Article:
Headlines regularly push the topic of inflation. We usually know it's bad if it goes up, but why? What causes the change, and what industries are affected by it that will affect my life? These are questions answered in this episode.
so what is inflation? We know it can occur in any product or service including need base expenses and want base expenses. We also know that the Federal Reserve Bank monitors the inflation rates.
The Consumer Price Index (CPI) measures what you and I feel at the grocery store, medical care, etc. Inflation rates have moved from 2.5 to 4.16 which is the largest increase since 2008. Food costs are rising twice as fast as pre-COVID. Retail sales are running out of steam after stimulus monies have been spent and sticker shock is settling in. This also pushes interest rates up.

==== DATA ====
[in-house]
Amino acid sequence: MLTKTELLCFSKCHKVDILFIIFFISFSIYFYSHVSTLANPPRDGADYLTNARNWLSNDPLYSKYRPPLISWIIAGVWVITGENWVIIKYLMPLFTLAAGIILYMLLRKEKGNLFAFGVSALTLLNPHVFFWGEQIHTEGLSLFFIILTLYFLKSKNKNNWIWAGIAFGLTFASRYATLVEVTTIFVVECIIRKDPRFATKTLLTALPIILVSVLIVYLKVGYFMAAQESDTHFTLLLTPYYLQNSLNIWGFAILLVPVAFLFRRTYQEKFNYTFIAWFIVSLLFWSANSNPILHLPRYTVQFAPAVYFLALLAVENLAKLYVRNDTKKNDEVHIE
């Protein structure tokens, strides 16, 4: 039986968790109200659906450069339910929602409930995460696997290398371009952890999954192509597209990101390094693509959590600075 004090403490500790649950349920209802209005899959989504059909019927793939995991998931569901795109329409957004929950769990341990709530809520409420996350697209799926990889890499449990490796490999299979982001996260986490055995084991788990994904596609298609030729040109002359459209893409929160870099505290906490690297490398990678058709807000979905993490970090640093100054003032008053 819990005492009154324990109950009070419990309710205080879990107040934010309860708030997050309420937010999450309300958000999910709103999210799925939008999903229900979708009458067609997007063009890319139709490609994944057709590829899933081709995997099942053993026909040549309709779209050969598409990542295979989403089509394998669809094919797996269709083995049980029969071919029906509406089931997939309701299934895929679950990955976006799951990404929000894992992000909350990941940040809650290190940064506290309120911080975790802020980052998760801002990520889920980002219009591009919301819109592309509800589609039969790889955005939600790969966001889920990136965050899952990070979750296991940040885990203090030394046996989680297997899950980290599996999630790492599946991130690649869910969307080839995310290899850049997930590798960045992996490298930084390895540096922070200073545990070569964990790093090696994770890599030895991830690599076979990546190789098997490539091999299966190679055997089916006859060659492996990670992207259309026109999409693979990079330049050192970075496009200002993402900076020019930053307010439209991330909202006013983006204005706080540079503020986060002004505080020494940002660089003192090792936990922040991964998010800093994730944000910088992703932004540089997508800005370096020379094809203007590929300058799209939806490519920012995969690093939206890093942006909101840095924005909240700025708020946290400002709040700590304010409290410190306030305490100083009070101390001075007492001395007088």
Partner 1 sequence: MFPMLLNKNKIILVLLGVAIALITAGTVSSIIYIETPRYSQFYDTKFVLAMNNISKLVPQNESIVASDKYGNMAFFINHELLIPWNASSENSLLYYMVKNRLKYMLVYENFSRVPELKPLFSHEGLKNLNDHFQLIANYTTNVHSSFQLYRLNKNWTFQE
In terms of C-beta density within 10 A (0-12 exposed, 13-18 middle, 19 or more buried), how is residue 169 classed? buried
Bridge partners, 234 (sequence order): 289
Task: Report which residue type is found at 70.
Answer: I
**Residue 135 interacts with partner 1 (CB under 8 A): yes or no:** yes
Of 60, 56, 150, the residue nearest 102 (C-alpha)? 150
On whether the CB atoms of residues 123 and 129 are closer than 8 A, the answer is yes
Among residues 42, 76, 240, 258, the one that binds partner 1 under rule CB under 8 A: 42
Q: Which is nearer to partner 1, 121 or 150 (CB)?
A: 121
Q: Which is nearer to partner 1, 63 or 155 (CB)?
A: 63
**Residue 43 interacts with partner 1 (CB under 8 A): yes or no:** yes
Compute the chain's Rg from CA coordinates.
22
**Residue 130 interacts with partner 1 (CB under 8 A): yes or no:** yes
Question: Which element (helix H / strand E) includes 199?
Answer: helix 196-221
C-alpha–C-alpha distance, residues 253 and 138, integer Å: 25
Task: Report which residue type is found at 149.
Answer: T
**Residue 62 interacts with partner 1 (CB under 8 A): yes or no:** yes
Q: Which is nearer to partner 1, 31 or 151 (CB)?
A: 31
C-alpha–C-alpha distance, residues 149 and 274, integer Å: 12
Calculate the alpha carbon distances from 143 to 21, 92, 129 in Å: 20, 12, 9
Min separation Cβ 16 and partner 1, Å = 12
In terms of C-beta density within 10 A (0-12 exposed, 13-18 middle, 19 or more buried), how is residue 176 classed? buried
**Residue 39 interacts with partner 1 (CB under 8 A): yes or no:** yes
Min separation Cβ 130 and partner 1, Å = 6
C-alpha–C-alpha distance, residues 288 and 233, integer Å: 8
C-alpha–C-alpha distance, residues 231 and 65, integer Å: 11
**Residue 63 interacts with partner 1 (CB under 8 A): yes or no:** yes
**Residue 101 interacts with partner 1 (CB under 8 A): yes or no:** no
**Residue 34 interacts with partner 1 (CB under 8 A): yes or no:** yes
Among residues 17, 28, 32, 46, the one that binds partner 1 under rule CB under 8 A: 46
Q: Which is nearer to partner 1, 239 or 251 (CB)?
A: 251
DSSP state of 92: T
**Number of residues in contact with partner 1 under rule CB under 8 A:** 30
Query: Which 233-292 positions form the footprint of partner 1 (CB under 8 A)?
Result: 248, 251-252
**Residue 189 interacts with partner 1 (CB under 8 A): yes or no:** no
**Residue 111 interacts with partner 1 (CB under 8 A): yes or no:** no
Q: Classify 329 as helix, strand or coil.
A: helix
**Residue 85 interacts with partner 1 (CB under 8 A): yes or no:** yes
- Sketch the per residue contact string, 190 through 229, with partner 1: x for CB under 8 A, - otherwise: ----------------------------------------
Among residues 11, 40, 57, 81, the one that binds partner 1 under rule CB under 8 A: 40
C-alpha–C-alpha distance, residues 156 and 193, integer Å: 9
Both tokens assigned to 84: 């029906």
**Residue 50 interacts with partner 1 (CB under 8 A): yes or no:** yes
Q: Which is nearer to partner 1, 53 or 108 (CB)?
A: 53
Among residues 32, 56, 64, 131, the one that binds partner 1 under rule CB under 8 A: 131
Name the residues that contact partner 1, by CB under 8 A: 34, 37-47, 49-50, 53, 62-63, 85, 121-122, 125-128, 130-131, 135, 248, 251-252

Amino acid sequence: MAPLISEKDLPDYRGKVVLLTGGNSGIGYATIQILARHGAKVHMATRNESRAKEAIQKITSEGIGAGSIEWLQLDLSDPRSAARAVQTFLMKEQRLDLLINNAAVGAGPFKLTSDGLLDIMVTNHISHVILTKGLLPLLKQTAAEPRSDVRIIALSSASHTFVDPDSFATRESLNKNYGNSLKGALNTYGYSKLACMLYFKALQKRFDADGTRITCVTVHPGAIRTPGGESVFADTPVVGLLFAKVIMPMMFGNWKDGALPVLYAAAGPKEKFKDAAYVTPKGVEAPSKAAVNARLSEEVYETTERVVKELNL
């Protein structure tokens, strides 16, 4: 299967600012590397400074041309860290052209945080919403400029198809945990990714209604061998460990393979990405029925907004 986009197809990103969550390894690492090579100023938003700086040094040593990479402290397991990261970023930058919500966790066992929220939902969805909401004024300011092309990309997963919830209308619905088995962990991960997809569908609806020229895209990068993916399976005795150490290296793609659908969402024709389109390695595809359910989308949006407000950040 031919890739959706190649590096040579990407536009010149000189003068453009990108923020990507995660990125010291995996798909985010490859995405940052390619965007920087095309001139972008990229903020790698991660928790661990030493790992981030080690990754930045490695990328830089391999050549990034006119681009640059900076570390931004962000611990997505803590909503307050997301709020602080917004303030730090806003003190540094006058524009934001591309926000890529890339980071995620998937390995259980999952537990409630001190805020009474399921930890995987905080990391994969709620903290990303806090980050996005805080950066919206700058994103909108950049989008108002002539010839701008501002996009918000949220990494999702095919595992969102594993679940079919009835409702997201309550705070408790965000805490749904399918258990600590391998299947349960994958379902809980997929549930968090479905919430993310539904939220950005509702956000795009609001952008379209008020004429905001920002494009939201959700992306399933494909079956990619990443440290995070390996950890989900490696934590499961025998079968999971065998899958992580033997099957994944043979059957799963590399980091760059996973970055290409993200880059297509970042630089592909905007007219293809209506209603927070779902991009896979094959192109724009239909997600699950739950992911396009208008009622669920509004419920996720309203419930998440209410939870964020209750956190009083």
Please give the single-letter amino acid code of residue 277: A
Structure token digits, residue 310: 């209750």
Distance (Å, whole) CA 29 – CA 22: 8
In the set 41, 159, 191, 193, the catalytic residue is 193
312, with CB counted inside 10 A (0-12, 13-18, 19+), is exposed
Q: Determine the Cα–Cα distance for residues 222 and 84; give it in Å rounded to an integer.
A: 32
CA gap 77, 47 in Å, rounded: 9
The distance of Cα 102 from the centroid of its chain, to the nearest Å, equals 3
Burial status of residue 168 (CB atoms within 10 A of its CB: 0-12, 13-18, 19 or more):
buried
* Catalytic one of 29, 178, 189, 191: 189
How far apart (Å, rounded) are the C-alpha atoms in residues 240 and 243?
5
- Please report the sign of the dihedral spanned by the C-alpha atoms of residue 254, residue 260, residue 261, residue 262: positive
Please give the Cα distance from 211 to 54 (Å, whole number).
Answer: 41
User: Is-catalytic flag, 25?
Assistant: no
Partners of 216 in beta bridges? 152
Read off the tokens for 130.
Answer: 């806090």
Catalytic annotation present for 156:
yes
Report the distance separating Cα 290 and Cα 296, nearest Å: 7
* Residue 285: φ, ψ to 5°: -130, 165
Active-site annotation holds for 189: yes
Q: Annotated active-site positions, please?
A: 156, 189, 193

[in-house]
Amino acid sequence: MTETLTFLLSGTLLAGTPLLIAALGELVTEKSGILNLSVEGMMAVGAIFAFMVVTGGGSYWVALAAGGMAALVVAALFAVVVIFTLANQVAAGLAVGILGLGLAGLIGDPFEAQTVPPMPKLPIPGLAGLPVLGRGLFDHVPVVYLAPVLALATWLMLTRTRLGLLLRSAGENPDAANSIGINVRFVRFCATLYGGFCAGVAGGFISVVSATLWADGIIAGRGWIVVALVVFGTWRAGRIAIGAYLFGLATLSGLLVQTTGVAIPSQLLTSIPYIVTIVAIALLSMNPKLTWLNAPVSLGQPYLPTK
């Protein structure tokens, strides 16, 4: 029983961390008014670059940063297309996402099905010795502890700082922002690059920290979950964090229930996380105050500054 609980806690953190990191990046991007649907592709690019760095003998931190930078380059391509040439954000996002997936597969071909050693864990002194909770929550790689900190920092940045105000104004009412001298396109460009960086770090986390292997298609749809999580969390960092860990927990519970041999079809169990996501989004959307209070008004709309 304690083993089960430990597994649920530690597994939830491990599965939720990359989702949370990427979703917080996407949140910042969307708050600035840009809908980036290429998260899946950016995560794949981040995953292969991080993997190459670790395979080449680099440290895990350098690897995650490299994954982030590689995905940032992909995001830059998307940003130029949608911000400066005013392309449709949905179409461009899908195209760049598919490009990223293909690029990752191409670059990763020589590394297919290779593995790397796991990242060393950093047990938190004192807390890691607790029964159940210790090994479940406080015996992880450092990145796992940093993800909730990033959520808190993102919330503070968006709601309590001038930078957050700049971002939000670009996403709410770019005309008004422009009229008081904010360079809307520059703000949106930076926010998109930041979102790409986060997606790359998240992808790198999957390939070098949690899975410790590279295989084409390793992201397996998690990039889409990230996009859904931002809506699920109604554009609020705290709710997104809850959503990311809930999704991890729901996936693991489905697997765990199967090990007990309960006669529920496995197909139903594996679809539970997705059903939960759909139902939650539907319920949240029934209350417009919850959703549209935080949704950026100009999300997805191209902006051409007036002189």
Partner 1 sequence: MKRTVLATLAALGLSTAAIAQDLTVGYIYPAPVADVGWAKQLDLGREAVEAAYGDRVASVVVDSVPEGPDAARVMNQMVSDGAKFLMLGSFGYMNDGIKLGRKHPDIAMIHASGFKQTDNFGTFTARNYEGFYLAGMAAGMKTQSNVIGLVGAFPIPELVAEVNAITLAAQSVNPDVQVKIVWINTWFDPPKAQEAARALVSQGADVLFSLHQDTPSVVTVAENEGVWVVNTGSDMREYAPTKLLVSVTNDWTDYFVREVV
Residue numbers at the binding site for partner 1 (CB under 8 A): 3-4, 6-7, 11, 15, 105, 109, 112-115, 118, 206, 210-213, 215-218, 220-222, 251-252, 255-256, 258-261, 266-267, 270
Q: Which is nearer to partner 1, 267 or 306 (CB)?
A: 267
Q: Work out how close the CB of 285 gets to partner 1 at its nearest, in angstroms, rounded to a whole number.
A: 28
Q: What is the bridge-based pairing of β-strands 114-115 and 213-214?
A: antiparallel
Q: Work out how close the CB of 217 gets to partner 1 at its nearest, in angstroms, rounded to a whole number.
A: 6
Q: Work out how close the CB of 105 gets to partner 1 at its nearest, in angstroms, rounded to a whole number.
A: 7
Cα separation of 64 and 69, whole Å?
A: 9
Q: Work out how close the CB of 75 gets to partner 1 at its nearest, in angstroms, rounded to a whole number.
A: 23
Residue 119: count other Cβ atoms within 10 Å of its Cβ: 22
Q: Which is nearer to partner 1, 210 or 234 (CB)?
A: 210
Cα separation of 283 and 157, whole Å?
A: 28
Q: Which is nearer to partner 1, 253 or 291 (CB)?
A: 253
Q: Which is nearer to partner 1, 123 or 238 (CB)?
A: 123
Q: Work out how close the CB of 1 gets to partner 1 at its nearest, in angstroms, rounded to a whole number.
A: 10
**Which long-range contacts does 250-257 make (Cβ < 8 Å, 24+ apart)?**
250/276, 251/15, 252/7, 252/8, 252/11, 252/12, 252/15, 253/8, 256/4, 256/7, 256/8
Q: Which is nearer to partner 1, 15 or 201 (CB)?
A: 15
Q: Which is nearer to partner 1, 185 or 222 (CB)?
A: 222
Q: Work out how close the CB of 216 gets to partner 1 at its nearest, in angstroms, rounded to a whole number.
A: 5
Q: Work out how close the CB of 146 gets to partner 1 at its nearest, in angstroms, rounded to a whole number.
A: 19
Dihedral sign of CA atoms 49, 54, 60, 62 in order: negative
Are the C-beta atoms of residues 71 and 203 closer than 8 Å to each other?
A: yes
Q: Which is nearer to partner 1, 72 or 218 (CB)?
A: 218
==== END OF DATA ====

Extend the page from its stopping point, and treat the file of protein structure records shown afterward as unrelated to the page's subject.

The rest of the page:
Could we see them drop slightly in Fall, possibly? Depends on wage inflation and the price of raw materials.
A more formal definition of inflation is that inflation is the decline of purchasing power of a given currency over time. An educated estimate of the rate at which the decline in purchasing power occurs can be reflected in the increase of an average price level of a basket of selected goods and services in an economy over some period of time. The rise in the general level of prices, often expressed as a percentage, means that a unit of currency effectively buys less than it did in prior periods. Nutshell? Your money is worthless and it will take more of it to buy the same things.
Inflation can be contrasted with deflation, which occurs when the purchasing power of money increases and prices decline. Not as common, but it does happen.
Tune in to this 6 minute episode from Nicole Rueth, at the Rueth Team Fairway Mortgage in Colorado.